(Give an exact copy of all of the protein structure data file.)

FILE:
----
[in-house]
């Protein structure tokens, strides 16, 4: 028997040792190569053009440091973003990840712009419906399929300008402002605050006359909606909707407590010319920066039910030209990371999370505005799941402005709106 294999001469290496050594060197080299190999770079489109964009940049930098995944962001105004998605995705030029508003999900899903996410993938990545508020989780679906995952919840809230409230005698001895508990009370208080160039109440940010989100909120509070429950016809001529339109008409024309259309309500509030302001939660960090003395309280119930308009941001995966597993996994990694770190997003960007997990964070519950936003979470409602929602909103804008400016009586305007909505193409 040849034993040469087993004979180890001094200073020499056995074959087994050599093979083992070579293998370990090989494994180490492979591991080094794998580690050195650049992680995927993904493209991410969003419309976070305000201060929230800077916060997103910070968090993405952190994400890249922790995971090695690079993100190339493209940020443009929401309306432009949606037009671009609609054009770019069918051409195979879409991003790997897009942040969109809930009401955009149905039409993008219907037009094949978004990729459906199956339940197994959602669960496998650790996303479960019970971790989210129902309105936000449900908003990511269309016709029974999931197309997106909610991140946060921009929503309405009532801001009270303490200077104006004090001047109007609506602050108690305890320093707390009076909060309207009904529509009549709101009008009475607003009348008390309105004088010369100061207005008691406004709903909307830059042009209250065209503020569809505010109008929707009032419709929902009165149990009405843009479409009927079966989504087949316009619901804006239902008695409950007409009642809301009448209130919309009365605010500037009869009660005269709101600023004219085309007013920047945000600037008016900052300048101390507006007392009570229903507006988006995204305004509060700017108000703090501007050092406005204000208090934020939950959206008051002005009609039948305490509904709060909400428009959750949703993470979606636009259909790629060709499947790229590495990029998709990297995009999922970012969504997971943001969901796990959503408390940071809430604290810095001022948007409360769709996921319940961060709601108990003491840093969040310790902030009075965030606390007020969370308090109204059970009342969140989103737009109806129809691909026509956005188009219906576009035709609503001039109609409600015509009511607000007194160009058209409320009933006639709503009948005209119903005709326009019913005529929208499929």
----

[in-house]
């Protein structure tokens, strides 16, 4: 028997040792190569053009440091973003990840712009419906399929300008402002605050006359909606909707407590010319920066039910030209990371999370505005799941402005709106 294999001469290496050594060197080299190999770079489109964009940049930098995944962001105004998605995705030029508003999900899903996410993938990545508020989780679906995952919840809230409230005698001895508990009370208080160039109440940010989100909120509070429950016809001529339109008409024309259309309500509030302001939660960090003395309280119930308009941001995966597993996994990694770190997003960007997990964070519950936003979470409602929602909103804008400016009586305007909505193409 040849034993040469087993004979180890001094200073020499056995074959087994050599093979083992070579293998370990090989494994180490492979591991080094794998580690050195650049992680995927993904493209991410969003419309976070305000201060929230800077916060997103910070968090993405952190994400890249922790995971090695690079993100190339493209940020443009929401309306432009949606037009671009609609054009770019069918051409195979879409991003790997897009942040969109809930009401955009149905039409993008219907037009094949978004990729459906199956339940197994959602669960496998650790996303479960019970971790989210129902309105936000449900908003990511269309016709029974999931197309997106909610991140946060921009929503309405009532801001009270303490200077104006004090001047109007609506602050108690305890320093707390009076909060309207009904529509009549709101009008009475607003009348008390309105004088010369100061207005008691406004709903909307830059042009209250065209503020569809505010109008929707009032419709929902009165149990009405843009479409009927079966989504087949316009619901804006239902008695409950007409009642809301009448209130919309009365605010500037009869009660005269709101600023004219085309007013920047945000600037008016900052300048101390507006007392009570229903507006988006995204305004509060700017108000703090501007050092406005204000208090934020939950959206008051002005009609039948305490509904709060909400428009959750949703993470979606636009259909790629060709499947790229590495990029998709990297995009999922970012969504997971943001969901796990959503408390940071809430604290810095001022948007409360769709996921319940961060709601108990003491840093969040310790902030009075965030606390007020969370308090109204059970009342969140989103737009109806129809691909026509956005188009219906576009035709609503001039109609409600015509009511607000007194160009058209409320009933006639709503009948005209119903005709326009019913005529929208499929």